Have An Imaginary Friend? Join the Club

Those who believe that imaginary friends exist only in the realm of child’s play may simply need a better view of the subject. Dr. Tracy R. Gleason, Associate Professor of Psychology and Psychological Director of the Wellesley College Child Study Center, discusses the phenomenon of imaginary friends among children in Glimpse’s upcoming issue “Visions,” and even goes further to explain how imaginary friends subtly inhabit various corners of the adult world. According to Gleason, adults utilize imaginary companions for an array of reasons: from speaking with an imaginary other in preparation for a job interview to writing a novel where the characters are described so vividly that they take on existences all their own.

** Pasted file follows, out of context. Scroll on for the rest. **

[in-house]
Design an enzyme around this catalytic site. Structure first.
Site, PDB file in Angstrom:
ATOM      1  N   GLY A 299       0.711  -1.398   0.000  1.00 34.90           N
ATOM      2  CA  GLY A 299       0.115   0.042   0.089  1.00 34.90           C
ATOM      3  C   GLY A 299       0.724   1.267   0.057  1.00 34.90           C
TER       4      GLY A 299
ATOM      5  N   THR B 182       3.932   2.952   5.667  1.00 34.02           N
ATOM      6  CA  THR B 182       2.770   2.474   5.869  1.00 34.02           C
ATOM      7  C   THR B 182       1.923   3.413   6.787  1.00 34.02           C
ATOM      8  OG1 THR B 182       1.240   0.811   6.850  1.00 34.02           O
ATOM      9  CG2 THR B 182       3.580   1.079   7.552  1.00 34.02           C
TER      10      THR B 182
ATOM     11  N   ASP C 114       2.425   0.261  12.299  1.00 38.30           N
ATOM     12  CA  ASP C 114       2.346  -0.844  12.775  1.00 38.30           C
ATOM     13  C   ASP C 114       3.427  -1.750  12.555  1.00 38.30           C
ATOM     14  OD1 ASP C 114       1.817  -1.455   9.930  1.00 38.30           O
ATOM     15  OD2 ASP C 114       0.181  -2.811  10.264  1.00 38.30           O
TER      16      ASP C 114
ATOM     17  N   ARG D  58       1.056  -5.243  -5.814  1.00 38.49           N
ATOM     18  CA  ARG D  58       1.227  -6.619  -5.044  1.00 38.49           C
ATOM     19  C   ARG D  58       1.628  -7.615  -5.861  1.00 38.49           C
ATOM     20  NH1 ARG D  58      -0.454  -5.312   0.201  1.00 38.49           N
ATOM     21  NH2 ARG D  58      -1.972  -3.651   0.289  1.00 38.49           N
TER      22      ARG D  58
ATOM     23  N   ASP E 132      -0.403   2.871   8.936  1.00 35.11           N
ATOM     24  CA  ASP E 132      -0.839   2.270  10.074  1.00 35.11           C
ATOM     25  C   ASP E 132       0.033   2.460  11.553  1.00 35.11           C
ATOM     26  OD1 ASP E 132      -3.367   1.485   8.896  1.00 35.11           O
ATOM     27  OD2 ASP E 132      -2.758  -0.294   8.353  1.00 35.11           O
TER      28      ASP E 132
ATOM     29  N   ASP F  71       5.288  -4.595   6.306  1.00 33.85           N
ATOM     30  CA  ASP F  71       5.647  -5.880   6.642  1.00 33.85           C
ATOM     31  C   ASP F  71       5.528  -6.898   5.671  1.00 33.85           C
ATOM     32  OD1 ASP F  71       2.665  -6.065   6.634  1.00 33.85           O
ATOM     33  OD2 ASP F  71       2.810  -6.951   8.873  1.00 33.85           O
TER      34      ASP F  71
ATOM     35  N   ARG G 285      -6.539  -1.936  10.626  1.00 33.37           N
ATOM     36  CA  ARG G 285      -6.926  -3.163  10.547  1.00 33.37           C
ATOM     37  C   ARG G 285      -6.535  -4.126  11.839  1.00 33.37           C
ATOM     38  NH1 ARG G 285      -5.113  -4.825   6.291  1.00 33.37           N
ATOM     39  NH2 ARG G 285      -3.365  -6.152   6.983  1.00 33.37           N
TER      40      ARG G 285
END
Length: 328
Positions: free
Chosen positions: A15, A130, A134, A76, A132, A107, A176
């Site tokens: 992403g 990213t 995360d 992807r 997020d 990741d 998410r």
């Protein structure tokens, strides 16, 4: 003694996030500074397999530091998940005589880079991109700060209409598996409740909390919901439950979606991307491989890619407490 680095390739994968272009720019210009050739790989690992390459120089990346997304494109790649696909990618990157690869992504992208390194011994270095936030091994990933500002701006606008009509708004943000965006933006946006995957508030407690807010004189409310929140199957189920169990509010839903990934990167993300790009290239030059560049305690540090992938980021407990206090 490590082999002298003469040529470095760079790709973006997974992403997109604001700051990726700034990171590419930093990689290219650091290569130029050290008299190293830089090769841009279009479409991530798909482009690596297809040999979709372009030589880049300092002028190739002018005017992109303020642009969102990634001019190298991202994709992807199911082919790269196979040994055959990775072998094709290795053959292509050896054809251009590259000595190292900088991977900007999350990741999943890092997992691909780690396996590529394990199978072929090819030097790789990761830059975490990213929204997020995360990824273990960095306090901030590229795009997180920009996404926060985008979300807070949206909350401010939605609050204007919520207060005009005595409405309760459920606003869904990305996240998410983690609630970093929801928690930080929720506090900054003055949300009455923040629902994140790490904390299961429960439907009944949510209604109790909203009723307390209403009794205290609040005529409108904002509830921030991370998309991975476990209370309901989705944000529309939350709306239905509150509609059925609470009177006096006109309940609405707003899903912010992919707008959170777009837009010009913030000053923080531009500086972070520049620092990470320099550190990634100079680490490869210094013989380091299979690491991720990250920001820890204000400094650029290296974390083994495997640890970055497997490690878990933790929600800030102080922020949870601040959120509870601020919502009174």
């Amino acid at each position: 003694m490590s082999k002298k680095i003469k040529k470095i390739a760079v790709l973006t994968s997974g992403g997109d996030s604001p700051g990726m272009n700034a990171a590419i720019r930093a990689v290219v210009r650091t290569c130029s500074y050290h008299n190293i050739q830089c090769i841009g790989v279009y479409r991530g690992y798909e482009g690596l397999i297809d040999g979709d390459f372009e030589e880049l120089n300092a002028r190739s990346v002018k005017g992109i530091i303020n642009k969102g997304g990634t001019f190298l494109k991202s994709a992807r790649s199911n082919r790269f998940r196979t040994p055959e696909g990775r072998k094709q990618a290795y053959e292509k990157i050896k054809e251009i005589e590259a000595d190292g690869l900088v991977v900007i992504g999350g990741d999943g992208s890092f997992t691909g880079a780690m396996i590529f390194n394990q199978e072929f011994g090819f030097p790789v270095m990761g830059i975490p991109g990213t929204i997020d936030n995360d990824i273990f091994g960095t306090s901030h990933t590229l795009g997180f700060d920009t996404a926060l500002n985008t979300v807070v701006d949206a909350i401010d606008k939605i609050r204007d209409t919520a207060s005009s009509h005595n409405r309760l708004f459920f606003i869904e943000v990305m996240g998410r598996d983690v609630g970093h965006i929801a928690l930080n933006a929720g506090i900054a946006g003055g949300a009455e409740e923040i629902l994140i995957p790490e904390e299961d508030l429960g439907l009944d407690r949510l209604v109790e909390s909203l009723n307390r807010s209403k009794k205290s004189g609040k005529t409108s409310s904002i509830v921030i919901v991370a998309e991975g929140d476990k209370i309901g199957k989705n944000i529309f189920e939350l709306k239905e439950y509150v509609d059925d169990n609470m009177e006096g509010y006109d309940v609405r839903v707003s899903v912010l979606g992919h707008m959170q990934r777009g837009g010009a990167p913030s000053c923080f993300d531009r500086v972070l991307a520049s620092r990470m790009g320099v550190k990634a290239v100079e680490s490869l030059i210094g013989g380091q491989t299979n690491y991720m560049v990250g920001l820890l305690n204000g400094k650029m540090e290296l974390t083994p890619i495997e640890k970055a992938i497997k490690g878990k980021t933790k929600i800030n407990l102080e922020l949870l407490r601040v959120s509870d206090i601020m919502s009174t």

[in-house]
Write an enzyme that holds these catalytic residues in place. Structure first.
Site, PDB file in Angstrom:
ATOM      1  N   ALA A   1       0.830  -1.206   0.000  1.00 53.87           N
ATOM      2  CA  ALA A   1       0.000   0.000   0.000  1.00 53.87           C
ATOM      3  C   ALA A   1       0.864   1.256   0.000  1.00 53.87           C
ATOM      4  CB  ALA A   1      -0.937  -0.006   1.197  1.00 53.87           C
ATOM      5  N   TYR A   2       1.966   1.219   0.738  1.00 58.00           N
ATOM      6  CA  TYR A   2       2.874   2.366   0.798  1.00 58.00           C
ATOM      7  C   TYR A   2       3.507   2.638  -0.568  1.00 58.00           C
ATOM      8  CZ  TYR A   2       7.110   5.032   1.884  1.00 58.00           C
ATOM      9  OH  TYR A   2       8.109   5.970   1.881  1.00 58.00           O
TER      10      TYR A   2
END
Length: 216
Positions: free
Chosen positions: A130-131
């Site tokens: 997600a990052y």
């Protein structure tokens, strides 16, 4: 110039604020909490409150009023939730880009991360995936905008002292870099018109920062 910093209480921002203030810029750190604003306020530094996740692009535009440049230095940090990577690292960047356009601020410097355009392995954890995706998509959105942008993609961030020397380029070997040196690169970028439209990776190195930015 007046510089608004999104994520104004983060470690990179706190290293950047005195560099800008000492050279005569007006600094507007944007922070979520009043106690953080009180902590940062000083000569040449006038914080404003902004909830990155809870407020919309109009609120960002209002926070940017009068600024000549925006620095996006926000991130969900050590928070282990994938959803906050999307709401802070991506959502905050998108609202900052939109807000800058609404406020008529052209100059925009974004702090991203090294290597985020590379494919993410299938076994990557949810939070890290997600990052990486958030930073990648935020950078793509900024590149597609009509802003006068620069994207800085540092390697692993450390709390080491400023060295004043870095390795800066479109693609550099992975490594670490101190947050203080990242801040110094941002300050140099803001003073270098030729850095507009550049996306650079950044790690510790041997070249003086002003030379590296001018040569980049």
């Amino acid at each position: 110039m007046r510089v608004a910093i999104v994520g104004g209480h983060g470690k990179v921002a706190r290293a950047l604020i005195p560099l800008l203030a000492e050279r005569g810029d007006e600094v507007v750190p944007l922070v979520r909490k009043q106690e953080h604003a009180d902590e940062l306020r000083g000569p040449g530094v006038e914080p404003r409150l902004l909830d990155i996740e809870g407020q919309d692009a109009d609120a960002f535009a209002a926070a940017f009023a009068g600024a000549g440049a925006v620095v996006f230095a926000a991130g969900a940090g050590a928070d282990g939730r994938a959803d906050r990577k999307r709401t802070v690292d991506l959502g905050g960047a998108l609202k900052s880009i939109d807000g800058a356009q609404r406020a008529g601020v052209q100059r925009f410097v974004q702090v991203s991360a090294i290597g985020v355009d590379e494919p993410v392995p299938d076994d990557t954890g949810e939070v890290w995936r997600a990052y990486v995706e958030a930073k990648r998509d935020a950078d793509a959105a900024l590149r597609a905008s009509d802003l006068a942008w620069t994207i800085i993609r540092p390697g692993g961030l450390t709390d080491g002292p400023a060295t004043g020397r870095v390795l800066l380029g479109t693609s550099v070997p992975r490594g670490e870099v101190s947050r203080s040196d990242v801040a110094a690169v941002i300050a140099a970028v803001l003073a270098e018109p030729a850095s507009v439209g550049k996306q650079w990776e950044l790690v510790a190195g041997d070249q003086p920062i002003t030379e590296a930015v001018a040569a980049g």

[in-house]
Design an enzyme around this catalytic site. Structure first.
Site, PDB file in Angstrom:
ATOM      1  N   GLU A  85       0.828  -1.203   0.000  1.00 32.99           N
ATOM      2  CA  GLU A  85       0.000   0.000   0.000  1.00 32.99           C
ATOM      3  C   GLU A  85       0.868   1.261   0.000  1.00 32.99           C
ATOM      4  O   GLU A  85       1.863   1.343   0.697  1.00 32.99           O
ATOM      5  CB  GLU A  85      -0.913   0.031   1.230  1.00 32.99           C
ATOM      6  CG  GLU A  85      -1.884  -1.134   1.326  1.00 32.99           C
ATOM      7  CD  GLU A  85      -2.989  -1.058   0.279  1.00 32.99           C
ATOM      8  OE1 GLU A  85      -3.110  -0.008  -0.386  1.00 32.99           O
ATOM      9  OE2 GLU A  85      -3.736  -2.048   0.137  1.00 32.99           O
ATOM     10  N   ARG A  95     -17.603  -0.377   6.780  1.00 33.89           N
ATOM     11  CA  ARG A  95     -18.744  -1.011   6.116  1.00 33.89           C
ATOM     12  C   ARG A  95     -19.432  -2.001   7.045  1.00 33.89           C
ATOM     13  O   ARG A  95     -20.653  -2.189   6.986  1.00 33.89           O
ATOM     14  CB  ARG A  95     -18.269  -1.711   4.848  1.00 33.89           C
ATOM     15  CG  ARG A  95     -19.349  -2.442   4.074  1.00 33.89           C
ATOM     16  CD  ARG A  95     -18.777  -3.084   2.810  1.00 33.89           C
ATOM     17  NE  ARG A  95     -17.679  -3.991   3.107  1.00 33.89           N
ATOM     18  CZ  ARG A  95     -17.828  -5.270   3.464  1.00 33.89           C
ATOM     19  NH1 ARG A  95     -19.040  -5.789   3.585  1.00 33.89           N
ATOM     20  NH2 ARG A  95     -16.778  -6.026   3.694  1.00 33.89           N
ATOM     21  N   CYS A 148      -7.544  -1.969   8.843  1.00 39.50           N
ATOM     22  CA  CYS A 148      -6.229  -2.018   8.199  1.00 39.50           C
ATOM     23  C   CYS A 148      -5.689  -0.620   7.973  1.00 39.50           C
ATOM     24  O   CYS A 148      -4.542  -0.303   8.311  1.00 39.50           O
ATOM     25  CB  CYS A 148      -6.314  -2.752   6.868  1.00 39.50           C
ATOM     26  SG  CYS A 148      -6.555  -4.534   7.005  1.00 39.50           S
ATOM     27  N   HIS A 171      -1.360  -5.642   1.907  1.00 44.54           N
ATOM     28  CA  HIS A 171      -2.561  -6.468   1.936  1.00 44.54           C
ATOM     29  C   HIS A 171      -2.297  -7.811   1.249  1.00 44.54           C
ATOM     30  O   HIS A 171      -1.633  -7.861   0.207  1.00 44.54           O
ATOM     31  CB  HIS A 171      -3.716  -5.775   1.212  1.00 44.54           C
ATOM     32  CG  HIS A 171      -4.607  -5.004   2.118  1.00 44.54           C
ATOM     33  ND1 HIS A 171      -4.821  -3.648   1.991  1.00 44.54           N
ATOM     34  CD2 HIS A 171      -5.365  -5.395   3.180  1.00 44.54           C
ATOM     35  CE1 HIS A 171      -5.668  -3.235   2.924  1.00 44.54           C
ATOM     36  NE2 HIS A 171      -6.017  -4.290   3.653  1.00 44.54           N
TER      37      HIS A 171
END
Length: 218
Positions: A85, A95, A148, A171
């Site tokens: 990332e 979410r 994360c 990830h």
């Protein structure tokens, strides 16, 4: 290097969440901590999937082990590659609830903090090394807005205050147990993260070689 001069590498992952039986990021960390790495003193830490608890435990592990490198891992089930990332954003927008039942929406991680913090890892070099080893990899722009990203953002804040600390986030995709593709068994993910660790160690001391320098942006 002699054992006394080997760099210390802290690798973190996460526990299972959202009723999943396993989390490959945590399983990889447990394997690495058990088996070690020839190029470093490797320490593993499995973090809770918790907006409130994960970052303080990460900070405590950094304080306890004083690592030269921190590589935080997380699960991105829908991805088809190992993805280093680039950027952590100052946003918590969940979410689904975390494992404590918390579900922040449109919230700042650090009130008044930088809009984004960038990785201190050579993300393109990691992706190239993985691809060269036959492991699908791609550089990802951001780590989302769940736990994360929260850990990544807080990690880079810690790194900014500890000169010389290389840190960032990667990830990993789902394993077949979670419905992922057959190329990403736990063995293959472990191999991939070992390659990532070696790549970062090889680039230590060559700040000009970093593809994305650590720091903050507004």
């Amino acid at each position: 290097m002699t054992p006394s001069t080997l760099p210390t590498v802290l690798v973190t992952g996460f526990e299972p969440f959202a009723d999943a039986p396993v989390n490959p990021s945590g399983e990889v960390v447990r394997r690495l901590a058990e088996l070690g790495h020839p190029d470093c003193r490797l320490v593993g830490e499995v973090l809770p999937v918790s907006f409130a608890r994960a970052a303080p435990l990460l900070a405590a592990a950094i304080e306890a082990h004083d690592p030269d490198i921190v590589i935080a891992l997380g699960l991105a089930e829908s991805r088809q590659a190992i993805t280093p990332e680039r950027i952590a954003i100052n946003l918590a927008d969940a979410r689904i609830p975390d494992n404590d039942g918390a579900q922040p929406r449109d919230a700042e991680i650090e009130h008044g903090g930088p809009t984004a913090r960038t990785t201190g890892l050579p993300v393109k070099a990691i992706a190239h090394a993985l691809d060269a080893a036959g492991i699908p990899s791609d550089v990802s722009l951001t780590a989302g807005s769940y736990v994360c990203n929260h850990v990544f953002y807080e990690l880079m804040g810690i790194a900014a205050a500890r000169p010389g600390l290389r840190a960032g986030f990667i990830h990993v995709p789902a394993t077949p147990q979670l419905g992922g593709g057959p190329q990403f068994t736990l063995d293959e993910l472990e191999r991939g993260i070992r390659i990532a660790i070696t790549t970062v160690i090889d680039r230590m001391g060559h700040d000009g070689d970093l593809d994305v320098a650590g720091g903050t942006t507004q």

Our capacity for vivid imagining can serve as a muse for our greatest works of art. It certainly did for American author John Updike, the meticulous and unfailingly idiosyncratic documentarian of the American middle class. In a 2008 video interview with the New York Times (above), Updike describes the process of writing The Widows of Eastwick, a sequel to the famous Witches of Eastwick, which was written almost 25 years beforehand. Amongst other topics touched upon in the interview, Updike compares the experience of returning to the novel to reuniting with old friends (at about 4:04 in the video), and again being privy to their witchy conversations.

Cheers to friends, both real and imaginary.

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